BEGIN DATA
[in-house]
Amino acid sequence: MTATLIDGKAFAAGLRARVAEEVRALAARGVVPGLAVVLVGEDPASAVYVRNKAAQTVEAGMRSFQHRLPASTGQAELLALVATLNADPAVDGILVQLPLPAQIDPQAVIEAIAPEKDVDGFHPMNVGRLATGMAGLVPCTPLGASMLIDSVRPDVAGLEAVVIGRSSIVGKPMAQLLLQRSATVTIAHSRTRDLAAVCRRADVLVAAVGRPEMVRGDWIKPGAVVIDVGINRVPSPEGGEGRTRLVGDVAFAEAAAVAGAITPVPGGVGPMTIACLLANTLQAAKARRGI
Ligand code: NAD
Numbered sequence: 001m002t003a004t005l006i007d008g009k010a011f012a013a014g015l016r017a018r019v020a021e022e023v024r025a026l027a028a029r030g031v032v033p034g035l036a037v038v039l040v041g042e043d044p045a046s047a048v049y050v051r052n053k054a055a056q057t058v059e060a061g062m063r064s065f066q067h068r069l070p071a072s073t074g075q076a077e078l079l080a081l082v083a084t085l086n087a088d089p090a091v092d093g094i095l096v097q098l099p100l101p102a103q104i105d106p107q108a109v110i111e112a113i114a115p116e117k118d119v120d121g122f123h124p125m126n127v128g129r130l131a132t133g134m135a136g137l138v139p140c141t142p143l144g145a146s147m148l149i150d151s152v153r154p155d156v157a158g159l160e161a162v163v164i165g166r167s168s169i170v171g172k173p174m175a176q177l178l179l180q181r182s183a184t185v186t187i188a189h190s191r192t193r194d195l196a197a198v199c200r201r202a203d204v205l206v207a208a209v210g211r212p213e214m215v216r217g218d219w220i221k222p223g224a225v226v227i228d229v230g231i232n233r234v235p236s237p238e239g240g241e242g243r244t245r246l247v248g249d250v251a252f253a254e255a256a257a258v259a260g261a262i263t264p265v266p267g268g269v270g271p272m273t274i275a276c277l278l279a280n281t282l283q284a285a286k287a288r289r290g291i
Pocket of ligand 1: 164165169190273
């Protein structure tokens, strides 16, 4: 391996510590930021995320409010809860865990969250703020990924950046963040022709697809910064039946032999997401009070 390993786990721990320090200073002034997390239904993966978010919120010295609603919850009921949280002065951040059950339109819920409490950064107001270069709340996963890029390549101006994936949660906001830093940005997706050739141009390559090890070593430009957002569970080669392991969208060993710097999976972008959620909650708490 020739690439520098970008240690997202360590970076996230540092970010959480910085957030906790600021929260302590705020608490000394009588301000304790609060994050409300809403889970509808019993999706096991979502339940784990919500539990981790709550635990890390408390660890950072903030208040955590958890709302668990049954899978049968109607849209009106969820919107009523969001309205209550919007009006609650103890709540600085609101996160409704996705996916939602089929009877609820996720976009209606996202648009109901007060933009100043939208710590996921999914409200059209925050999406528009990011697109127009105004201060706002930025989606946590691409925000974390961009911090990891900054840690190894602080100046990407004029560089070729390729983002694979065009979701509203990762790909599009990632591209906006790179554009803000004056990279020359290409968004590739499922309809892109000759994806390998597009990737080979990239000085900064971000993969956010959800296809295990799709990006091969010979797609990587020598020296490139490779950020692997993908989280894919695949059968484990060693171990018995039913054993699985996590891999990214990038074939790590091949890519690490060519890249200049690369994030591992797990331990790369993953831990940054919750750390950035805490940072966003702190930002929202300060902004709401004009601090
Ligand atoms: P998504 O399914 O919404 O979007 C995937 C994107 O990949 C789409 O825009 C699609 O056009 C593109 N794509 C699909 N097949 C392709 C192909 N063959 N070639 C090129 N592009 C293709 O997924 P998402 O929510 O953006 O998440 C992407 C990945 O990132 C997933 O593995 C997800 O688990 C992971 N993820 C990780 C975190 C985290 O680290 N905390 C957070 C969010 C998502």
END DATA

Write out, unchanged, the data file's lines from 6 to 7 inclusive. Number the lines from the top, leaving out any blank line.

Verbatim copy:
């Protein structure tokens, strides 16, 4: 391996510590930021995320409010809860865990969250703020990924950046963040022709697809910064039946032999997401009070 390993786990721990320090200073002034997390239904993966978010919120010295609603919850009921949280002065951040059950339109819920409490950064107001270069709340996963890029390549101006994936949660906001830093940005997706050739141009390559090890070593430009957002569970080669392991969208060993710097999976972008959620909650708490 020739690439520098970008240690997202360590970076996230540092970010959480910085957030906790600021929260302590705020608490000394009588301000304790609060994050409300809403889970509808019993999706096991979502339940784990919500539990981790709550635990890390408390660890950072903030208040955590958890709302668990049954899978049968109607849209009106969820919107009523969001309205209550919007009006609650103890709540600085609101996160409704996705996916939602089929009877609820996720976009209606996202648009109901007060933009100043939208710590996921999914409200059209925050999406528009990011697109127009105004201060706002930025989606946590691409925000974390961009911090990891900054840690190894602080100046990407004029560089070729390729983002694979065009979701509203990762790909599009990632591209906006790179554009803000004056990279020359290409968004590739499922309809892109000759994806390998597009990737080979990239000085900064971000993969956010959800296809295990799709990006091969010979797609990587020598020296490139490779950020692997993908989280894919695949059968484990060693171990018995039913054993699985996590891999990214990038074939790590091949890519690490060519890249200049690369994030591992797990331990790369993953831990940054919750750390950035805490940072966003702190930002929202300060902004709401004009601090
Ligand atoms: P998504 O399914 O919404 O979007 C995937 C994107 O990949 C789409 O825009 C699609 O056009 C593109 N794509 C699909 N097949 C392709 C192909 N063959 N070639 C090129 N592009 C293709 O997924 P998402 O929510 O953006 O998440 C992407 C990945 O990132 C997933 O593995 C997800 O688990 C992971 N993820 C990780 C975190 C985290 O680290 N905390 C957070 C969010 C998502």